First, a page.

How to Get Your Teleradiology License

How to Get Your Teleradiology License

Groundbreaking advances in technology have opened new doors of opportunity for physicians, allowing them to reach patients in medically underserved communities throughout the United States. With a video-enabled device, an internet connection, and a few clicks of a computer mouse (or taps on a screen), a patient can instantly communicate with a physician anywhere in the nation.

A subset of telemedicine, teleradiology refers to the practice of a radiologist interpreting medical images while not physically present in the location where the images were captured. In recent years, teleradiology has earned widespread acceptance as an effective way for providers to transmit medical images, such as X-rays, MRIs, and CT scans, from one physical location to another for diagnostic and consulting purposes. In addition to improving health care on the whole, teleradiology particularly benefits patients who live in rural areas and lack access to high-quality medical services, as well as small health care organizations that are unable to maintain a full staff of radiology subspecialists for financial or logistical reasons. It also benefits radiologists who are seeking a better work-life balance.

What Are the Licensing Requirements for Teleradiologists?

Although teleradiology is a highly successful health care model, some challenges remain. For instance, the licensure laws that regulate interstate teleradiology practice currently vary from state to state. Therefore, a key issue faced by teleradiologists is where to obtain and maintain a license to practice when images are produced in one state and read in another. Does the interpreting radiologist have to be licensed to practice in the first state, the second state, or both?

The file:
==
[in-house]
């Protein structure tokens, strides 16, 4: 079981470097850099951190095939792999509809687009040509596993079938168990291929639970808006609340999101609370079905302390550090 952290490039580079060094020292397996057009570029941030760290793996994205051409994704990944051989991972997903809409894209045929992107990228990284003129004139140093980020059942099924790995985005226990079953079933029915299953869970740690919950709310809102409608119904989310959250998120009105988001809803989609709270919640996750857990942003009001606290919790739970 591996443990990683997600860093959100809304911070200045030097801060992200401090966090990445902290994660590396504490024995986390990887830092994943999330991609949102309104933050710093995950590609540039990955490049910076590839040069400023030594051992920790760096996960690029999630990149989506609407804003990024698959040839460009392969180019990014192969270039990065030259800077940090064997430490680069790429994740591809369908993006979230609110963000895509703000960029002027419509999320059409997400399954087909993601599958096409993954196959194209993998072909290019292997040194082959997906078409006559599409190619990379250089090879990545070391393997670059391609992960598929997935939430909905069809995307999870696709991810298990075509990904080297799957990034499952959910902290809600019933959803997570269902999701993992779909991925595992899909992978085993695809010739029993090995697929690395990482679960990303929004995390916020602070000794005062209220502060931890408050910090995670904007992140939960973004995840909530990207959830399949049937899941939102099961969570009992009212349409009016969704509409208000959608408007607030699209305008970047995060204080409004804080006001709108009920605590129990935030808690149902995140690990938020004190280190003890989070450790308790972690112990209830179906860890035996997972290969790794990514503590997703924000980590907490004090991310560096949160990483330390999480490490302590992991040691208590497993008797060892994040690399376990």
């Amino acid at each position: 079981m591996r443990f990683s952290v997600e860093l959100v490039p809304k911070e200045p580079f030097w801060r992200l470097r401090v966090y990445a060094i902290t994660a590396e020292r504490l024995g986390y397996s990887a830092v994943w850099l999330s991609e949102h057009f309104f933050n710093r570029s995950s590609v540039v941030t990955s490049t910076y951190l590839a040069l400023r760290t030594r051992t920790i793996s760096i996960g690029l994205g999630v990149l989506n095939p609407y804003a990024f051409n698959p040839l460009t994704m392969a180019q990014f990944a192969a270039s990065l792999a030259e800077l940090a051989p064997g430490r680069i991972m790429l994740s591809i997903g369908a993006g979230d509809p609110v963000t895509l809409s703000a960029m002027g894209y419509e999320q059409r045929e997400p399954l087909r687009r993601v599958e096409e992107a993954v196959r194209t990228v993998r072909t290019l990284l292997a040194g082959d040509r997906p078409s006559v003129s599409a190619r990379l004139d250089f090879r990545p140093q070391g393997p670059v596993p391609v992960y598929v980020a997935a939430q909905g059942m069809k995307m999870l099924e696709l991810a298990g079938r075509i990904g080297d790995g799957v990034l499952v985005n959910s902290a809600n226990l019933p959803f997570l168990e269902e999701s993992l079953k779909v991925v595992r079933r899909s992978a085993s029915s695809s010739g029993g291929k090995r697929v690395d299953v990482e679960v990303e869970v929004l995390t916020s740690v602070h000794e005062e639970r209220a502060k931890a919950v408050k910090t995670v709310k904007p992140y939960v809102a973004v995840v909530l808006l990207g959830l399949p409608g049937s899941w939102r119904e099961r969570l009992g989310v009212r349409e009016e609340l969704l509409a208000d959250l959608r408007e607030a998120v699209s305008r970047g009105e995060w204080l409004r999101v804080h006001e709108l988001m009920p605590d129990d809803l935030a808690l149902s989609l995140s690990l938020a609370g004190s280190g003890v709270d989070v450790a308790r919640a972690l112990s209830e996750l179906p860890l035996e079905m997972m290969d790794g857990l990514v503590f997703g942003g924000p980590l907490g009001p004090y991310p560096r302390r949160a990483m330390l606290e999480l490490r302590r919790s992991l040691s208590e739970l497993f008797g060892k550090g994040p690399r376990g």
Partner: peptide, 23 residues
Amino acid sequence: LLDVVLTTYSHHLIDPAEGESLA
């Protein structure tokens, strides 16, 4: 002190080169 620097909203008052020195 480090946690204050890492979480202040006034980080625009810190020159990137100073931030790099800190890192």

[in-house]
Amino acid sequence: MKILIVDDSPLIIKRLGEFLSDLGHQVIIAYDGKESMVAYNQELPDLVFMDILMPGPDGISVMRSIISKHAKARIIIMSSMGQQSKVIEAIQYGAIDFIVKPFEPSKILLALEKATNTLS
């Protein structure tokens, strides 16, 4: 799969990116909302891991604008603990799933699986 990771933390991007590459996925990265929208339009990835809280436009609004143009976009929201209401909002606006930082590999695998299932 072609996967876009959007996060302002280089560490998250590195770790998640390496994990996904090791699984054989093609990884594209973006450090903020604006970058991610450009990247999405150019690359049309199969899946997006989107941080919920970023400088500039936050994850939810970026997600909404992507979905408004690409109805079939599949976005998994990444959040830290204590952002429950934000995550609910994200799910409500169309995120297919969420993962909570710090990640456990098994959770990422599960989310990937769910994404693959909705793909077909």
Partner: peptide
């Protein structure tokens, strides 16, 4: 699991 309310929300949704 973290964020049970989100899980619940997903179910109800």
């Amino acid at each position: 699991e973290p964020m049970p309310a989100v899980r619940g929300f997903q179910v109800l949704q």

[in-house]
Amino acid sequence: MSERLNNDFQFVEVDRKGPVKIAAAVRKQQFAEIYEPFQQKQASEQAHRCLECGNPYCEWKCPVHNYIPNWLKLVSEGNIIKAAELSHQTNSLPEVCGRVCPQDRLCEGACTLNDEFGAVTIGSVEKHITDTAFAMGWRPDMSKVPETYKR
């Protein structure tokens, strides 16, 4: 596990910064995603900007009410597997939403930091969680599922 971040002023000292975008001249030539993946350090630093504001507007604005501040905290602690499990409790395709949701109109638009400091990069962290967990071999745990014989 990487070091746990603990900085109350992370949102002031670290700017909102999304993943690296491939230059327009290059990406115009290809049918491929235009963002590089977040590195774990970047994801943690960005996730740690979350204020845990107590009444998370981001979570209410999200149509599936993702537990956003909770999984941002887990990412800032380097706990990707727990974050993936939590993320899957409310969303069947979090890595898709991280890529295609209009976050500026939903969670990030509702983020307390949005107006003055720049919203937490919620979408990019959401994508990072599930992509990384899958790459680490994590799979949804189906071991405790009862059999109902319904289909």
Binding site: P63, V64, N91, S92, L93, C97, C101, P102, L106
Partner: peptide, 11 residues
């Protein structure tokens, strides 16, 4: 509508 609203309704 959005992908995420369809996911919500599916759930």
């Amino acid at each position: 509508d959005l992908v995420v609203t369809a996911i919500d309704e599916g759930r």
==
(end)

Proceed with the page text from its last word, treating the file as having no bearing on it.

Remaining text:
Although the current requirements are murky and still evolving, the answer is likely “both” for two main reasons. First, many states require physicians who practice interstate telemedicine or teleradiology to acquire a “full, unrestricted medical license to practice medicine” in the respective state. Thus, it is important for teleradiologists and their employers to know and uphold the laws of both the production state and the interpretation state.

Second, both the American College of Radiology (ACR) and the American Board of Radiology (ABR) are actively pushing for legislation that would require out-of-state physicians to obtain and maintain a license to practice teleradiology within a particular jurisdiction. The ACR already requires teleradiologists who interpret images in a state other than the one in which they are located to be licensed in both states—the state where the image was produced and the state in which the interpretation takes place.

Consider Joining realradiology

As a leading national provider of teleradiology solutions, realradiology is always looking for experienced and self-motivated radiologists who take pride in their work. If you’re interested in a career in teleradiology, consider becoming a realradiologist. Our practice is managed by physician-owners who read studies for our clients every day and therefore fully understand the licensing requirements, quality-of-life benefits, and financial rewards of a career in teleradiology.

Additionally, even though you work remotely, you’ll never be on your own with realradiology. Our dedicated support team is available 24/7/365 to assist with credentialing, patient care, and IT issues, ensuring you have everything you need to be successful. You can feel confident that realradiology will value your time and contributions as a teleradiologist.

To learn more about joining the respected team of experts at realradiology, please contact us today. Let’s talk and find out if we’re a good fit for a long-term relationship.

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